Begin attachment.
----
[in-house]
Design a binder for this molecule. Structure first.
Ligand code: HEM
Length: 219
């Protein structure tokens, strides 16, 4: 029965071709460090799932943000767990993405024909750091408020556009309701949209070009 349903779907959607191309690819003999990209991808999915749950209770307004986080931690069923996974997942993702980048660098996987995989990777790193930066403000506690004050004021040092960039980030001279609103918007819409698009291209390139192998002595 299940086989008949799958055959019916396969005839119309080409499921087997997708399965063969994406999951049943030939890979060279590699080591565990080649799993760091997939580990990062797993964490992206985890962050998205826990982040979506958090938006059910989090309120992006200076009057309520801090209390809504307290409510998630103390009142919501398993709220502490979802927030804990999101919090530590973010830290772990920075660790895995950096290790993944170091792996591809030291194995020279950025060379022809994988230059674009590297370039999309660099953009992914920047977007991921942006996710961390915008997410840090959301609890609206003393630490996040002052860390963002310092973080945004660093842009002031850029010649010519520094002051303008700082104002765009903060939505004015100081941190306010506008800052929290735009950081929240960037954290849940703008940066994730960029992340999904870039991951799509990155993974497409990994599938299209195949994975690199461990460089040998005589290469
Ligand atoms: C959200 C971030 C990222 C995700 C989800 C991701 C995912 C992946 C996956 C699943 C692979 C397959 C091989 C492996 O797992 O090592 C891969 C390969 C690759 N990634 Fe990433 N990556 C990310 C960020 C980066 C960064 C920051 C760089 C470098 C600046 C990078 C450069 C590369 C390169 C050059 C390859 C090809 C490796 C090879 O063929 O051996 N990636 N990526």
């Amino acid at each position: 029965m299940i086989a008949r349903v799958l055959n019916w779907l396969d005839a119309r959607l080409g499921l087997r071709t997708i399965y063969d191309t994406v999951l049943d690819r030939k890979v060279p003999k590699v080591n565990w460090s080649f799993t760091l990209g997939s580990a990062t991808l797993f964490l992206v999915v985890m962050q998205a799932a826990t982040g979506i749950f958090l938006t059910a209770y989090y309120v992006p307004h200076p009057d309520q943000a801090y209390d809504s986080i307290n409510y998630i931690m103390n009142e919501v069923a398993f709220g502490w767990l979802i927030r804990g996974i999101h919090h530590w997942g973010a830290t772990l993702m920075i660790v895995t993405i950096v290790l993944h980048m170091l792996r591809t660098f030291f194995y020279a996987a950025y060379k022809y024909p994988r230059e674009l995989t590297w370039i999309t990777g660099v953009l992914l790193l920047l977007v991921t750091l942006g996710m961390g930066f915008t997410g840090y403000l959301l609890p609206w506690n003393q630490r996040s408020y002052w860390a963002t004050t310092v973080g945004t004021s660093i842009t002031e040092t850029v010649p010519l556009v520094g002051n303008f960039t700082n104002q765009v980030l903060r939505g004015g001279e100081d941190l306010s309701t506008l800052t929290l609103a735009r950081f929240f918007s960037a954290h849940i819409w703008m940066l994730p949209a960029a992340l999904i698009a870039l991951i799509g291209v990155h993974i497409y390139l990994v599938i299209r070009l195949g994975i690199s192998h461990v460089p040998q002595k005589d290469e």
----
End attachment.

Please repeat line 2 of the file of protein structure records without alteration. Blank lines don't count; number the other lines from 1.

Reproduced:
Design a binder for this molecule. Structure first.